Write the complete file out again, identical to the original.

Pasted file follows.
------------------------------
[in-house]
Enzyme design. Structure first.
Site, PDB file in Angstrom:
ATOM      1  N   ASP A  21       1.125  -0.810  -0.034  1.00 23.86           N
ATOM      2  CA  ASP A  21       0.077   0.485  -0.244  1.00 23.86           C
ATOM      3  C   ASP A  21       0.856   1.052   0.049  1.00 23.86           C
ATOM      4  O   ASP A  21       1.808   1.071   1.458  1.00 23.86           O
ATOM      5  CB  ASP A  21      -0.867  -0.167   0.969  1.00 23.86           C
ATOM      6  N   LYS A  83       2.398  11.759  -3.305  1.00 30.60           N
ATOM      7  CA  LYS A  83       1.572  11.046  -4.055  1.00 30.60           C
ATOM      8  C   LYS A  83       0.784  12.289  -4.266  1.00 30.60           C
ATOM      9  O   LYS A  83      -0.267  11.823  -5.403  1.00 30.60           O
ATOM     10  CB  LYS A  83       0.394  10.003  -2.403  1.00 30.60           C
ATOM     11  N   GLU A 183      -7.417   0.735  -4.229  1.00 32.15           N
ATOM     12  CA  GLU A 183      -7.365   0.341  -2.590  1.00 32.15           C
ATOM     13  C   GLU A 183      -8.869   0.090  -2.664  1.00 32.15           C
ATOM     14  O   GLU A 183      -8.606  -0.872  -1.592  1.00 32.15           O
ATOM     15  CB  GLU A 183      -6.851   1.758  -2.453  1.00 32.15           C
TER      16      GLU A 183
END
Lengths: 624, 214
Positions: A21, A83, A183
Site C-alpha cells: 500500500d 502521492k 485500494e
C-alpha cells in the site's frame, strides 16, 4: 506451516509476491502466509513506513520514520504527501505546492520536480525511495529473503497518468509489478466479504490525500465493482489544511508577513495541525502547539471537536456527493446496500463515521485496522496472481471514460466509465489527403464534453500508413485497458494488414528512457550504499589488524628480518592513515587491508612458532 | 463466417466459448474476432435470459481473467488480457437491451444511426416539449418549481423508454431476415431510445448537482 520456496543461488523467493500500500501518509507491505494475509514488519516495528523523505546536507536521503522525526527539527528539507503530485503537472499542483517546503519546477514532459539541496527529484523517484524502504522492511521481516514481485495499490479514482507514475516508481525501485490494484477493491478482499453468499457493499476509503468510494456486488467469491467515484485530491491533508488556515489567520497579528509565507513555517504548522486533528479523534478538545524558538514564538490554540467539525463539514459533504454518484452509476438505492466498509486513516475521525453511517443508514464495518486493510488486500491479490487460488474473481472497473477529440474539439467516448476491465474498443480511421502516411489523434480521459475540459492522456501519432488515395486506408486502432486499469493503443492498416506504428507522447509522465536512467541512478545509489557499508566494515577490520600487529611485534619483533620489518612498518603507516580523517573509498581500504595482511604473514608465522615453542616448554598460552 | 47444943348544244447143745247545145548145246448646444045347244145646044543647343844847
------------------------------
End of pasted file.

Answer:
[in-house]
Enzyme design. Structure first.
Site, PDB file in Angstrom:
ATOM      1  N   ASP A  21       1.125  -0.810  -0.034  1.00 23.86           N
ATOM      2  CA  ASP A  21       0.077   0.485  -0.244  1.00 23.86           C
ATOM      3  C   ASP A  21       0.856   1.052   0.049  1.00 23.86           C
ATOM      4  O   ASP A  21       1.808   1.071   1.458  1.00 23.86           O
ATOM      5  CB  ASP A  21      -0.867  -0.167   0.969  1.00 23.86           C
ATOM      6  N   LYS A  83       2.398  11.759  -3.305  1.00 30.60           N
ATOM      7  CA  LYS A  83       1.572  11.046  -4.055  1.00 30.60           C
ATOM      8  C   LYS A  83       0.784  12.289  -4.266  1.00 30.60           C
ATOM      9  O   LYS A  83      -0.267  11.823  -5.403  1.00 30.60           O
ATOM     10  CB  LYS A  83       0.394  10.003  -2.403  1.00 30.60           C
ATOM     11  N   GLU A 183      -7.417   0.735  -4.229  1.00 32.15           N
ATOM     12  CA  GLU A 183      -7.365   0.341  -2.590  1.00 32.15           C
ATOM     13  C   GLU A 183      -8.869   0.090  -2.664  1.00 32.15           C
ATOM     14  O   GLU A 183      -8.606  -0.872  -1.592  1.00 32.15           O
ATOM     15  CB  GLU A 183      -6.851   1.758  -2.453  1.00 32.15           C
TER      16      GLU A 183
END
Lengths: 624, 214
Positions: A21, A83, A183
Site C-alpha cells: 500500500d 502521492k 485500494e
C-alpha cells in the site's frame, strides 16, 4: 506451516509476491502466509513506513520514520504527501505546492520536480525511495529473503497518468509489478466479504490525500465493482489544511508577513495541525502547539471537536456527493446496500463515521485496522496472481471514460466509465489527403464534453500508413485497458494488414528512457550504499589488524628480518592513515587491508612458532 | 463466417466459448474476432435470459481473467488480457437491451444511426416539449418549481423508454431476415431510445448537482 520456496543461488523467493500500500501518509507491505494475509514488519516495528523523505546536507536521503522525526527539527528539507503530485503537472499542483517546503519546477514532459539541496527529484523517484524502504522492511521481516514481485495499490479514482507514475516508481525501485490494484477493491478482499453468499457493499476509503468510494456486488467469491467515484485530491491533508488556515489567520497579528509565507513555517504548522486533528479523534478538545524558538514564538490554540467539525463539514459533504454518484452509476438505492466498509486513516475521525453511517443508514464495518486493510488486500491479490487460488474473481472497473477529440474539439467516448476491465474498443480511421502516411489523434480521459475540459492522456501519432488515395486506408486502432486499469493503443492498416506504428507522447509522465536512467541512478545509489557499508566494515577490520600487529611485534619483533620489518612498518603507516580523517573509498581500504595482511604473514608465522615453542616448554598460552 | 47444943348544244447143745247545145548145246448646444045347244145646044543647343844847